Before a village council chamber packed with family, friends and fellow firefighters, Bob McDermott became Forest Park’s next fire chief, Monday.

Mayor Anthony Calderone administered the oath of office to McDermott after the council voted unanimously to promote him from deputy chief to chief, effective Friday, July 1. Fire officials from at least a half dozen suburbs and almost the entire Forest Park Fire Department, many in their dress uniforms, joined the packed house for a standing ovation.

“Anyone I ever spoke to said if there ever was a guy who should be fire chief, it’s Bob McDermott,” Calderone said. “You spent your whole life here.”

“My heart is racing and my mind is swimming,” an emotional McDermott said after taking the oath of office. He paused several times to regain his composure while delivering his remarks.

Calling himself “truly a lucky man,” he said he can still “vividly remember” when he received the call offering him the job with the Forest Park Fire Department and his first day as a firefighter.

Born and raised in Forest Park, McDermott, 49, lives in La Grange Park. His wife, Claudia, and their children, Laura, David, Marissa, Bobby and Sean Carlos were on hand for the ceremony. He joined the department as a full-time firefighter in 1988 before being promoted to lieutenant in 2000 and to deputy chief in 2003. He earned a bachelor of arts degree in fire service management from Southern Illinois University and holds chief fire officer certification from the State Fire Marshal’s Office.

McDermott thanked his family for their support, especially his brothers and sisters, who he said had to listen to the scanners and pagers going off “all hours of the night” at home while growing up.

He also thanked his predecessor, Steve Glinke, who is retiring as fire chief but staying with the village as director of public health and safety.

“I wouldn’t be here tonight without Chief Glinke,” he said. “He’s a chief who had the guts to get things done. You are leaving the department better than how you found it.”

In turn, Glinke expressed his faith in McDermott’s abilities.

“In the past 13 years, no decision has been made without your input,” he said.

“You’ve got nothing to worry about. We were lucky for the support we got. Don’t worry because everybody’s here to support you.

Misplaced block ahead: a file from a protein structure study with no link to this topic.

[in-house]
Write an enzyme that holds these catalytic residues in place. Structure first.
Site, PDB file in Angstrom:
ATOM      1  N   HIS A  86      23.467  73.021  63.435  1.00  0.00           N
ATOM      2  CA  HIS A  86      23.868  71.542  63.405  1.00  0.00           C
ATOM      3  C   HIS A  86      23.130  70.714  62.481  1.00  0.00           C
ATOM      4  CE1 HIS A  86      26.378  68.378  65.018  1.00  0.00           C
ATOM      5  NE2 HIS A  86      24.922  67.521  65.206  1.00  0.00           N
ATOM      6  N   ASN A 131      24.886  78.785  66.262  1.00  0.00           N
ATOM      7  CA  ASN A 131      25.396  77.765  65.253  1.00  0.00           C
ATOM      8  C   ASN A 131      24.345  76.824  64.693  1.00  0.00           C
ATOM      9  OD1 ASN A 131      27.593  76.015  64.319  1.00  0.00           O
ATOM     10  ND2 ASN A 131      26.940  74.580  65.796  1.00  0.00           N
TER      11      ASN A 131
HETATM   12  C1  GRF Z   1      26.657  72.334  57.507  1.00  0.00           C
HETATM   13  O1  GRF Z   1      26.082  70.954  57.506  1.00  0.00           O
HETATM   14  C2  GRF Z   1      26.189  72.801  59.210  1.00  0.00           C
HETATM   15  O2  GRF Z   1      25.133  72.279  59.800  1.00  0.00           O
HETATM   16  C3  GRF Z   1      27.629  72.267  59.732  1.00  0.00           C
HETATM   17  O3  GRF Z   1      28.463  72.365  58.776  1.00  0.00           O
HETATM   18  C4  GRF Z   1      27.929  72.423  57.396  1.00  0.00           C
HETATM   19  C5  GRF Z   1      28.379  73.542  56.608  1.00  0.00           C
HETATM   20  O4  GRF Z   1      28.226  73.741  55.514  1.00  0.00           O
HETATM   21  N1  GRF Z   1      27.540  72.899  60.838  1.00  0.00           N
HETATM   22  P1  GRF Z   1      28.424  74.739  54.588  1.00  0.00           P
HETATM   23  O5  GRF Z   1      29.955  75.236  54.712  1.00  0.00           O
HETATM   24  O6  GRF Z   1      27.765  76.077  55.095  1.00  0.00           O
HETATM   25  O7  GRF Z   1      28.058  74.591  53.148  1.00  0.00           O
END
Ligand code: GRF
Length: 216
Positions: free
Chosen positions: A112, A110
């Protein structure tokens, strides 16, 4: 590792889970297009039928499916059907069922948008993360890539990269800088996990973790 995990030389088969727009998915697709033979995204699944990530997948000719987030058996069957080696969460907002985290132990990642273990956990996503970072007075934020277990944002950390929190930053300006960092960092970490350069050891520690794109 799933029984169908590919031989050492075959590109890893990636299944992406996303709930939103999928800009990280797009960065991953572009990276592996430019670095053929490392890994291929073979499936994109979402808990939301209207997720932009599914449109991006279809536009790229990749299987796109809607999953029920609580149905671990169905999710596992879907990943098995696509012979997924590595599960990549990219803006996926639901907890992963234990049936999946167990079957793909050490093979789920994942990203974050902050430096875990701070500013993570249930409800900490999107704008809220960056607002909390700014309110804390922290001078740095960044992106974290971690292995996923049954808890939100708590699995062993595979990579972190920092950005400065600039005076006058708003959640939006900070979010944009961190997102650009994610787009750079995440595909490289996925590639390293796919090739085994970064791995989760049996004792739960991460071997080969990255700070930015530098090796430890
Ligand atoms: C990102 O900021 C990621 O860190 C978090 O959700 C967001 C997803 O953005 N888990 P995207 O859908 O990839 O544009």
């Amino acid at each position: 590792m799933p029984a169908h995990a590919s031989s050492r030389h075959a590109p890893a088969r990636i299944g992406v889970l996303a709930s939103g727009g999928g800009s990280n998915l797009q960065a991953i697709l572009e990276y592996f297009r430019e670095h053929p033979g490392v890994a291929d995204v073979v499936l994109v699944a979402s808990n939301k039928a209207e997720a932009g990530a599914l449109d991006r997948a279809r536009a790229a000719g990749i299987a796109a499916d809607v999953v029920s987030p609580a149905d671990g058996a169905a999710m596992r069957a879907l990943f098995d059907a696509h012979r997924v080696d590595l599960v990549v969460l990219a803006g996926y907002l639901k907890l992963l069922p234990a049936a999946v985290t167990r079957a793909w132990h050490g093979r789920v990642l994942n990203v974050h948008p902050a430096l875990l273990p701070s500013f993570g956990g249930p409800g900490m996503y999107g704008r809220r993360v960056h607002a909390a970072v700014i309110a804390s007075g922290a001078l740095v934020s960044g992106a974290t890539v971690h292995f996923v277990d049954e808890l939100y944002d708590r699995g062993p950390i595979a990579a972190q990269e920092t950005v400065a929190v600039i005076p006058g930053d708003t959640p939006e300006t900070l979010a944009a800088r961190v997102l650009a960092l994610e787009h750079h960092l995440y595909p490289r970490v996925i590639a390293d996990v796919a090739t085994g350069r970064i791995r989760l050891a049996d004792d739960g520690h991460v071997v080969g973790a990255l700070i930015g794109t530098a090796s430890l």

“Keep it simple. These guys know their jobs. Just let them do it. The only thing that will change is you’ll get a better door opener and a better parking spot.”

Earlier in the day, McDermott called his promotion “a dream come true,” noting he had always wanted to be a fireman.

“It’s kind of surreal and pretty incredible,” he said. “I feel blessed and lucky.”

McDermott said he hopes to expand the department’s public outreach with such programs as child safety seat inspections and the Vial of Life program for senior citizens.

“We live in a crazy world,” he said. “I just have to make sure our people are prepared.”

Glinke has served in a dual role as full-time fire chief and part-time director of public health and safety since 2010 when the previous public health and safety director left. He deferred many of the Fire Department responsibilities to McDermott.

“Now that it’s 2016, times have changed. It’s time for a new chapter,” Calderone said of the decision to re-instate the full-time position of director of public health and safety and fill it with Glinke. “I tip my hat to you. The entire Village Council tip our hats to you.”

Glinke will be paid $81,000 annually in his new position and McDermott will be paid $125,580 annually. Their salaries and salaries of other non-union personnel were fixed through a unanimous vote by the council following a brief closed session on Monday. Village Administrator Tim Gillian explained that the vote raised salaries for non-union personnel 1½ percent.

McDermott’s former position of deputy fire chief will remain unfilled until the village conducts a captain’s exam, which Gillian said he expects to occur later this summer. 

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